- Tenant to Landlord (End of Lease) [.pdf] – no prior notice is required in Louisiana at the end of a fixed-term lease, but it is recommended to send the landlord a letter.
- Tenant to Landlord (Month-to-Month) [.pdf] – notice is required at least 10 days prior to a payment date in Louisiana for month-to-month leases or “at will” tenants that pay rent month-to-month.
- Landlord to Tenant (End of Lease) [.pdf] – no prior notice is required in Louisiana at the end of a fixed-term lease, but it is recommended to send the tenant a letter.
- Landlord to Tenant (Month-to-Month) [.pdf] – notice is required at least 30 days prior to a payment date in Louisiana for month-to-month leases or “at will” tenants that pay rent month-to-month.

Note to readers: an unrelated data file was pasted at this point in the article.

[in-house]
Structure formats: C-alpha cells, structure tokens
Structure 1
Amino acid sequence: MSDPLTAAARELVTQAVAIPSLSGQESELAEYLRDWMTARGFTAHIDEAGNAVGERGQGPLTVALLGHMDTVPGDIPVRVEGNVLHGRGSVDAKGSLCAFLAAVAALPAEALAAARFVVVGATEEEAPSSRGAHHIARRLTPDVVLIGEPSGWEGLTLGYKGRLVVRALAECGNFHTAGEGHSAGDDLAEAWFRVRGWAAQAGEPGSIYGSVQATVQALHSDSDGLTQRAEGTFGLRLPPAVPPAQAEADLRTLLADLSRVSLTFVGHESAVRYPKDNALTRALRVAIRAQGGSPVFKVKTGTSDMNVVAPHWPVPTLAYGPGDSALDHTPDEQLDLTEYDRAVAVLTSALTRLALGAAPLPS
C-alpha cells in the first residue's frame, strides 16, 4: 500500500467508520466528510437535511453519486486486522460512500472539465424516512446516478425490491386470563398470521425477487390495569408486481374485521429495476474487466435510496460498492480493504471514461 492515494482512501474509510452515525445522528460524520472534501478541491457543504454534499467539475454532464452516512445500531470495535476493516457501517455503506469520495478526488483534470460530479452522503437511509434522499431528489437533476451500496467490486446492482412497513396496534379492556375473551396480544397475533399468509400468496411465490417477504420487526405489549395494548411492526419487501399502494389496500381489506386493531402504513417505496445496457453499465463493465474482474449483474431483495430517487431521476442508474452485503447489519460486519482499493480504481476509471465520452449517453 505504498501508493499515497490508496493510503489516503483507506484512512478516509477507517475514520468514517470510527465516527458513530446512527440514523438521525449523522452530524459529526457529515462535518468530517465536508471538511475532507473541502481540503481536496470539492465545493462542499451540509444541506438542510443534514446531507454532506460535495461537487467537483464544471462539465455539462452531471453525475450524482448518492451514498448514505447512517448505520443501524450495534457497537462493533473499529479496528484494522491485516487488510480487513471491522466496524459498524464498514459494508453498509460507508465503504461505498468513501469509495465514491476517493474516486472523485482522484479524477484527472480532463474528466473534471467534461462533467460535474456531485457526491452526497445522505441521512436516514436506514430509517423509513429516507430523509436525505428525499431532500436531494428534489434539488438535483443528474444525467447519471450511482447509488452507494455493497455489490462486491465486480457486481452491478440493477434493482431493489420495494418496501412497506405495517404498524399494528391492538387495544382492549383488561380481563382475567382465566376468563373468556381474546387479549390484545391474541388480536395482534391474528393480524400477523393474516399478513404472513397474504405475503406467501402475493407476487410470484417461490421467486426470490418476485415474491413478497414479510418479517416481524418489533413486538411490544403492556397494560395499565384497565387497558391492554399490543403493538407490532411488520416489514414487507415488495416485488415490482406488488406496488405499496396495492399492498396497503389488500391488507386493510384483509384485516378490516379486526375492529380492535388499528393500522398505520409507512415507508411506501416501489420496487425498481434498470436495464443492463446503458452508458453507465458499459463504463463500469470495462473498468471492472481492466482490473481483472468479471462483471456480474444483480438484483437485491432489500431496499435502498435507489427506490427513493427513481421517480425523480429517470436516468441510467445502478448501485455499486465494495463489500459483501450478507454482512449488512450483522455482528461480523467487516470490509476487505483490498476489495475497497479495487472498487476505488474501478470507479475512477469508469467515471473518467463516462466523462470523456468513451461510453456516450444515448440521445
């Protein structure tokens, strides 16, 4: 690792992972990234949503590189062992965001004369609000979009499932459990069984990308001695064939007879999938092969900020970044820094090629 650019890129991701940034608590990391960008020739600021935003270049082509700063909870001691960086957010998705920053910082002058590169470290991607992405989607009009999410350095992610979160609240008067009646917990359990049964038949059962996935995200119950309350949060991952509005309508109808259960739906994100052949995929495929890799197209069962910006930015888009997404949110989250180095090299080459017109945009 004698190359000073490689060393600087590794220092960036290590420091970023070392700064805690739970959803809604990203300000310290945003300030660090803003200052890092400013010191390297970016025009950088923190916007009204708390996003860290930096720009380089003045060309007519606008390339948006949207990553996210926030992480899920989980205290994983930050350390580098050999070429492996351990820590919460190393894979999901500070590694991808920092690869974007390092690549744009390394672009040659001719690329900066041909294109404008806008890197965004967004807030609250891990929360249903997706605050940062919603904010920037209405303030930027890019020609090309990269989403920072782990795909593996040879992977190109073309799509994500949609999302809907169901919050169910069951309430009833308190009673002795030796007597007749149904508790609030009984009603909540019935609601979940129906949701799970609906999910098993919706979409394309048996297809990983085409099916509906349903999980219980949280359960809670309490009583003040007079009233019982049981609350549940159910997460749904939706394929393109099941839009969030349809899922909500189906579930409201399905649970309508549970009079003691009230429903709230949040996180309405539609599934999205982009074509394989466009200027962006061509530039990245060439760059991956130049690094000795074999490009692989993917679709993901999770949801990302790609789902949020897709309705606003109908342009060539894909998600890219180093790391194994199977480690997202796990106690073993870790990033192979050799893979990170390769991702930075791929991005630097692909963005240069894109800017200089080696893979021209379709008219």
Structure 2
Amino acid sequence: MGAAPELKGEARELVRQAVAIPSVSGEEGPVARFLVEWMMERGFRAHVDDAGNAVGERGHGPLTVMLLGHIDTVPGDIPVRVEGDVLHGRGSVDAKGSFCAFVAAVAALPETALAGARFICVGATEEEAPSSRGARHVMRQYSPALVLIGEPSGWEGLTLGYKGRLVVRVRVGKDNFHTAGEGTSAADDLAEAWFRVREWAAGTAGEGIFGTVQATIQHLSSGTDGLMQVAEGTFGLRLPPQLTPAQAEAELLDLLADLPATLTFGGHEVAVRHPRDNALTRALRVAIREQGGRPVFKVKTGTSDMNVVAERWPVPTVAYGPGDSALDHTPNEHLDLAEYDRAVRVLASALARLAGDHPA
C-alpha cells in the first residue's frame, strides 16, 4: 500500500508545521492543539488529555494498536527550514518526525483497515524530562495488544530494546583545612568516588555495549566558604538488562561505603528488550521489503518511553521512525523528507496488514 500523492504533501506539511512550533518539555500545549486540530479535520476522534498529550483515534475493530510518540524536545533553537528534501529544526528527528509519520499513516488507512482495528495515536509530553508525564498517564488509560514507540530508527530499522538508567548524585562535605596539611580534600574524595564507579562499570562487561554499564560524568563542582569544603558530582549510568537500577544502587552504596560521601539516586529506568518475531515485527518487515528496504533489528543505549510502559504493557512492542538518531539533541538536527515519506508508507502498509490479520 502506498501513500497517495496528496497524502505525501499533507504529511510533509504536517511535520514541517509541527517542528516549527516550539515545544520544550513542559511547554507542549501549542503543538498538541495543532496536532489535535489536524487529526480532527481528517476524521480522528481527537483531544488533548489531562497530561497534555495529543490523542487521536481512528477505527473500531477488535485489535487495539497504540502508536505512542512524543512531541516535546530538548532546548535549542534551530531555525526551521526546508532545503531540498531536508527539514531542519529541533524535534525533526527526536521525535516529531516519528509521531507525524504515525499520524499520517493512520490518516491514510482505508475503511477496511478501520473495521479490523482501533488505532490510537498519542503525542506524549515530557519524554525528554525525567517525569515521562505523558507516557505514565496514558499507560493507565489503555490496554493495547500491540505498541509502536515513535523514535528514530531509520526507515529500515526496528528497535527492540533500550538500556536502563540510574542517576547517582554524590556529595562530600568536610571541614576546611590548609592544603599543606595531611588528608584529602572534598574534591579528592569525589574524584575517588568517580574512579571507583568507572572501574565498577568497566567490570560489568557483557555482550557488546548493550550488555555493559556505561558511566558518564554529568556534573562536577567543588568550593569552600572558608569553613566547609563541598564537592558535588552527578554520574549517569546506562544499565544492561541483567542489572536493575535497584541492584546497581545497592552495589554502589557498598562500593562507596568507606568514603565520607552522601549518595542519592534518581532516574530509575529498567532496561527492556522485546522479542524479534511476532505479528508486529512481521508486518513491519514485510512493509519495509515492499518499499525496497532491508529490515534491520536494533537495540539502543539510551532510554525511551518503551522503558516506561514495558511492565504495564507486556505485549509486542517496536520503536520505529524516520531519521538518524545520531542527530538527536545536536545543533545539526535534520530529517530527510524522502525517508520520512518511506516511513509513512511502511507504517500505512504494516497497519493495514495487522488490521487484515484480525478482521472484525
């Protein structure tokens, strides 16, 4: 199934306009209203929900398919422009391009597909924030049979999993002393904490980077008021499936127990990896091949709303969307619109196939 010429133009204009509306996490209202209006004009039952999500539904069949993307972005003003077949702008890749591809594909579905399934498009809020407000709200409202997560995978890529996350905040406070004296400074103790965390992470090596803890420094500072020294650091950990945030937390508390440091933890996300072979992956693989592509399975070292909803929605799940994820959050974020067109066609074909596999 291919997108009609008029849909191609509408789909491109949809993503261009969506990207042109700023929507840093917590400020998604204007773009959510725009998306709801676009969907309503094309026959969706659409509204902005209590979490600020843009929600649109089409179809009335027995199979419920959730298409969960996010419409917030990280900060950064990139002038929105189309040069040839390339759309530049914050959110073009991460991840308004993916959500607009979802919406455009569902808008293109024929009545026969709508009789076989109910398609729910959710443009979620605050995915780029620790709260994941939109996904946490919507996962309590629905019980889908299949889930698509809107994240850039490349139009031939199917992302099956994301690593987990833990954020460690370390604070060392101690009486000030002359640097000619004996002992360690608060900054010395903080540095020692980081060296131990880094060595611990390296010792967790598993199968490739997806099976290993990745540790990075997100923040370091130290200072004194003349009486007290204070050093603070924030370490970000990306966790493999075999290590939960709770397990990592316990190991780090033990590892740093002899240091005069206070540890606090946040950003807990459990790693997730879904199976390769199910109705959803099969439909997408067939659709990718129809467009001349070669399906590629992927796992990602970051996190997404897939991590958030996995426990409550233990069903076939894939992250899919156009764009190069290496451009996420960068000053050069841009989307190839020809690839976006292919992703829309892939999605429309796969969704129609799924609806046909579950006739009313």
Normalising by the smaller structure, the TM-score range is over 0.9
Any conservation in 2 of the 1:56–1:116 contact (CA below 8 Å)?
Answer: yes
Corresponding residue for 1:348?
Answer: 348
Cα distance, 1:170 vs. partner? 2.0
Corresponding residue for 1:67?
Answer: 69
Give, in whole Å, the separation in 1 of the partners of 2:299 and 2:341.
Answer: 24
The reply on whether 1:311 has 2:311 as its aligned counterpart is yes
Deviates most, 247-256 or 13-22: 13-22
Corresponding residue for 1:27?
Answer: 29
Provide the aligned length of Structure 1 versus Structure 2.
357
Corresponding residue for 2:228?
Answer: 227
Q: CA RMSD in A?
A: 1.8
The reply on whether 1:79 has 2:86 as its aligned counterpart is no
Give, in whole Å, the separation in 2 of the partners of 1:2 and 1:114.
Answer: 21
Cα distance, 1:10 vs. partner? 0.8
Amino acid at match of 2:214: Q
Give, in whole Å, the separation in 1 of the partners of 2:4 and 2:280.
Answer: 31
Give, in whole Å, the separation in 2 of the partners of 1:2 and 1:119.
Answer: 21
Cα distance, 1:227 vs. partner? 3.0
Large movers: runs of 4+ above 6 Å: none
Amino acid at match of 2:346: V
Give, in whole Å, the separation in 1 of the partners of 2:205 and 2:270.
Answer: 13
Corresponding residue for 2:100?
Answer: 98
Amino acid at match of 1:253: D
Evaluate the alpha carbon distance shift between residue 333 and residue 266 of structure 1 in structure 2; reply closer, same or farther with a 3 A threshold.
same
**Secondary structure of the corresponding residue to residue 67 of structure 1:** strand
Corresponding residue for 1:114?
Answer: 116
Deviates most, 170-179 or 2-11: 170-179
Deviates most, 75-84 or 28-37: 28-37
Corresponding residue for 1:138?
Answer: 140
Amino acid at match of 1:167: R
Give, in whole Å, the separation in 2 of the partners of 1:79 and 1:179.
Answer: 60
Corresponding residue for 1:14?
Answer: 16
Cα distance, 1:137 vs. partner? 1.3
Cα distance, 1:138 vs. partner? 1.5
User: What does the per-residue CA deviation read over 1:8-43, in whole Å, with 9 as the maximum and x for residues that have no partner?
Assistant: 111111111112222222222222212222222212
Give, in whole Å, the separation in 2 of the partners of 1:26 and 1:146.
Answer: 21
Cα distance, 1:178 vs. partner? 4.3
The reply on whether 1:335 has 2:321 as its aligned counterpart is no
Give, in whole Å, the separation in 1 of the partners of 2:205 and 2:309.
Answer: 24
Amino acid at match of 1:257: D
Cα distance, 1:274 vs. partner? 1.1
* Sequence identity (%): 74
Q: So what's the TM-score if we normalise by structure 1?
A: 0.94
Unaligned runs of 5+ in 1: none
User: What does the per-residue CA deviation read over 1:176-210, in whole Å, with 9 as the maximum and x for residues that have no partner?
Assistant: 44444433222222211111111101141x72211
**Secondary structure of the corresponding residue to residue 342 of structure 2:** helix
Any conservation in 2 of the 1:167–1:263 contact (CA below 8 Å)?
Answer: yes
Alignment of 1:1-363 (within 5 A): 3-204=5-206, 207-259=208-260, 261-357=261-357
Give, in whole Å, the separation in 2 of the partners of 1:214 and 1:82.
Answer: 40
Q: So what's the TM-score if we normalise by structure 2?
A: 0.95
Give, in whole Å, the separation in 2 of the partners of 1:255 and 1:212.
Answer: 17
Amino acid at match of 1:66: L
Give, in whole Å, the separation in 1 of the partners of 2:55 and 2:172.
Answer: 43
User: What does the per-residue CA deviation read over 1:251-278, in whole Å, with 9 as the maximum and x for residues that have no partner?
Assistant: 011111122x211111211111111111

- Landlord to Tenant (Yearly Lease with No End Date) [.pdf] – notice is required at least 30 days from the next payment date in Louisiana for yearly leases with no end date.
Purpose. A Louisiana lease termination letter (“Notice to Vacate”) is a required document to end month-to-month lease agreements in Louisiana. State law requires giving at least 10 days notice for termination. However, state law does not require notice to be given to end fixed term lease agreements on their end date.
Read further to learn more about notice requirements and the residential lease termination process in Louisiana.
Louisiana Notice Requirements for Lease Termination by Tenant
- When the tenant is ready to vacate the unit with a fixed-term lease, they must give the landlord a 30-day notice that they are planning on vacating the premises.